One of the most important challenges posed by the introduction of AWS into the modern battle space is how to establish individual responsibility. Most legal systems require the showing of intent, (138) with some others adding a requirement of showing individual guilt. With that in mind, a range of actors should be assessed to determine whether command responsibility applies. Importantly, the "composite nature of [lethal autonomous robots] technology and the many levels likely to be involved in decisions about deployment" could "result in a potential accountability gap or vacuum." (139) In order to avoid what may also be called a system of organized irresponsibility, it will be necessary to determine--before or concomitant with further development, and certainly before any potential deployment--who can be held responsible under what circumstances. A DoD directive attempts to avoid organized irresponsibility by requiring that "[p]ersons who authorize the use of, direct the use of, or operate autonomous and semi-autonomous weapon systems must do so with appropriate care and in accordance with the law of war, applicable treaties, weapon system safety rules, and applicable rules of engagement." (140) While this approach is laudable, it does not clearly address a fundamental aspect of fully autonomous systems--namely, that a system's course of action is not necessarily completely predictable for the operator. If a system is designed in a manner that is fully predictable, then it is arguably not autonomous as the term is properly understood and defined by the DoD directive itself. (141)

    Setting aside the very reasonable objection against holding nonhumans responsible, one could try to hold the program or the AWS itself responsible. At least some commentators foresee this "distant future once robots become more sophisticated and intelligent." (142) In this context, AWS may be the cause of harm, (143) yet it is questionable to attribute blame to an entity that does not possess moral agency. (144) For most legal systems, criminal culpability requires some form of moral agency, which does not exist in the case of AWS. (145) Additionally, a traditional deterrence rationale does not apply to AWS. They can neither be punished nor possess any form of moral agency. (146) As one author puts it, attempting to impute moral agency to non-humans "offends not only the notion of the rule of law, but also the more visceral human desire to find an individual accountable." (147)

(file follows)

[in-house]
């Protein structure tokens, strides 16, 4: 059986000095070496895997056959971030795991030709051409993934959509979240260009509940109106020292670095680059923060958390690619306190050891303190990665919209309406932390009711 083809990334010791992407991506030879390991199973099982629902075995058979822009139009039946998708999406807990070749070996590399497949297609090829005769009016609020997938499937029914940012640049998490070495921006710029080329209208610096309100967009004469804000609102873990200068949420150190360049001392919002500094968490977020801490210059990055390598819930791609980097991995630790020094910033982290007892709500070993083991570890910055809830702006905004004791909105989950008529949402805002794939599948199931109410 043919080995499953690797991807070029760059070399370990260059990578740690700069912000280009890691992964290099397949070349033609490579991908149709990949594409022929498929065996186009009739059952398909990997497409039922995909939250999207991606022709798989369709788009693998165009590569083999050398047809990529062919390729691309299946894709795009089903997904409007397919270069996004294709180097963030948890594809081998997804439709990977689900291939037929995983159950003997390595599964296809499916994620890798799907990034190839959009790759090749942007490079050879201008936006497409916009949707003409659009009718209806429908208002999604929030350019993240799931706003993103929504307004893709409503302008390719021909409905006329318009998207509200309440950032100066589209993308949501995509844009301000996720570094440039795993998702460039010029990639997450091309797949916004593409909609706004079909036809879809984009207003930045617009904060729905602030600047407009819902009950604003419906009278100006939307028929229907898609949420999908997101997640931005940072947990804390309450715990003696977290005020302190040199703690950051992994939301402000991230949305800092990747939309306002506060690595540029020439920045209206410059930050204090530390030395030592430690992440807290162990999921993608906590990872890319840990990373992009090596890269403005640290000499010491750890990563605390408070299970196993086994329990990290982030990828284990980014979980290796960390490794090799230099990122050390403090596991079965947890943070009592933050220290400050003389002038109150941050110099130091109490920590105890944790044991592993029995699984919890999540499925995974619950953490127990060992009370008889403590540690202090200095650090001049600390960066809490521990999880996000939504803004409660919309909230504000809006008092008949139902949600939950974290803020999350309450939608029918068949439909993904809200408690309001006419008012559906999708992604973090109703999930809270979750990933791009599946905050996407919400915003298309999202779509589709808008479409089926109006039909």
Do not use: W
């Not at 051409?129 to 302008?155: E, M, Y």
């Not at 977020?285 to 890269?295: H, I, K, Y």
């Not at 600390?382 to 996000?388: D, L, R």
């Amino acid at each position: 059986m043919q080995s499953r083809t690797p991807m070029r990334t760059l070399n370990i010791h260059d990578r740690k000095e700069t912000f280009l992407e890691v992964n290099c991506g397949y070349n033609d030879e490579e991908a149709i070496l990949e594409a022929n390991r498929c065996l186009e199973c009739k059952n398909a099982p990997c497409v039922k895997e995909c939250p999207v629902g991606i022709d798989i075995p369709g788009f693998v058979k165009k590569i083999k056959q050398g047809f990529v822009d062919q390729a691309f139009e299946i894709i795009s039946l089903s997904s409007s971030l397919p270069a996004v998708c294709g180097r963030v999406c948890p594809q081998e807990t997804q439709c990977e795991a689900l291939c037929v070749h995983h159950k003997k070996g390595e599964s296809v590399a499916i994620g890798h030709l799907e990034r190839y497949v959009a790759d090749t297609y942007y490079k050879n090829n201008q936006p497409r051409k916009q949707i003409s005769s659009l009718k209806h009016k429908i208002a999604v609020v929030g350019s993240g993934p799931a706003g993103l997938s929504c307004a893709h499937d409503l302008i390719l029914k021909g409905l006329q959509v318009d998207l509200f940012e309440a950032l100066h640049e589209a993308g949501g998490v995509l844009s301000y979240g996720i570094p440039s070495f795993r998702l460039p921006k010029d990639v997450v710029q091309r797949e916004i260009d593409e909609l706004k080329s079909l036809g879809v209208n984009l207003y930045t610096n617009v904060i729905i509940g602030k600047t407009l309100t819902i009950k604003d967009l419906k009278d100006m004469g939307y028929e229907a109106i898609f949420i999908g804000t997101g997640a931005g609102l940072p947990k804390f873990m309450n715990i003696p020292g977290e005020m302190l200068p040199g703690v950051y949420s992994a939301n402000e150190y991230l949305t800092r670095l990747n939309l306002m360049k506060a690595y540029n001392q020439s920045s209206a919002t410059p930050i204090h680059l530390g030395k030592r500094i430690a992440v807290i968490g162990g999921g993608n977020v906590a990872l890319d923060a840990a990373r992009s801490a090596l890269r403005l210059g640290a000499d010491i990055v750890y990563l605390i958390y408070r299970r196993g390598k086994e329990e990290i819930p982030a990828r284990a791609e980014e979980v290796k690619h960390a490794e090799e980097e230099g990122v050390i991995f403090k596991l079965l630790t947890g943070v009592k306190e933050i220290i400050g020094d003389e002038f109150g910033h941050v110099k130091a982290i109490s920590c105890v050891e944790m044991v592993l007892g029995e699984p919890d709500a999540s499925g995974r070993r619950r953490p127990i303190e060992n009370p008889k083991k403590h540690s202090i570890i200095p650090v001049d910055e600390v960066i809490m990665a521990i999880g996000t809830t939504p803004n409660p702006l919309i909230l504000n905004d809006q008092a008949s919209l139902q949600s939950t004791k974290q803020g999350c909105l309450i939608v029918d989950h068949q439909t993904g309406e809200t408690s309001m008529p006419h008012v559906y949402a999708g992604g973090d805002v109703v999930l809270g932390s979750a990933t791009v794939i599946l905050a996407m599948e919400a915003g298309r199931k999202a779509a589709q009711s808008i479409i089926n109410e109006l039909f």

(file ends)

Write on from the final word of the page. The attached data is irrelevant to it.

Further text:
There is also the matter of how to hold AWS accountable. Even if AWS possessed intellectual abilities--apart from using algorithms to act in a discretionary manner--it is questionable whether a machine will ever be able to "suffer" from any form of punishment, whatever form that may take. One alternative may be to shut off the individual autonomous weapon system. This does not solve the problem, however, as what caused the individual system to malfunction would be prevalent in all AWS based on the same code. But the high cost of shutting down an entire fleet of AWS based on the same code makes this somewhat improbable. These considerations illustrate that holding AWS responsible is a theoretical possibility, but not a useful or feasible option.

    Turning to more realistic attempts to designate responsibility, it may be possible to hold accountable the scientist or programmer who developed the software upon which the AWS relied. After all, software is the ultimate foundation of the AWS's determinations. Notwithstanding a programmer acting with mens rea, the programmer's action would have to be negligent. However, holding a programmer responsible for negligence may be a contentious premise given a core characteristic of autonomy: if AWS are supposed to act according to their code and in truly autonomous fashion, they must be able to make discretionary decisions. It may not be possible to predict the behavior of the AWS software in all its manifestations given the changing nature of the battle space. (148) Any potential AWS architecture will be complex in nature. The AWS code may have different origins and react differently than expected in concert, or may act differently depending on the sensor from which it receives data. Given this complexity, it may be difficult--although not impossible--to attribute responsibility to a programmer or a number of programmers. (149) Responsibility for negligence could only be established while the system is not designed to learn independently from past behavior, or in situations where designers acted negligently in supervising the development of AWS software when it comes to discretionary decision making. (150)

    Given that AWS are military tools, a natural starting point for responsibility could be the military officers who set parameters for a given engagement. (151) It is important to distinguish between direct responsibility, which arises from acts or omissions supporting the commission of IHL, and command responsibility, which involves the failure of...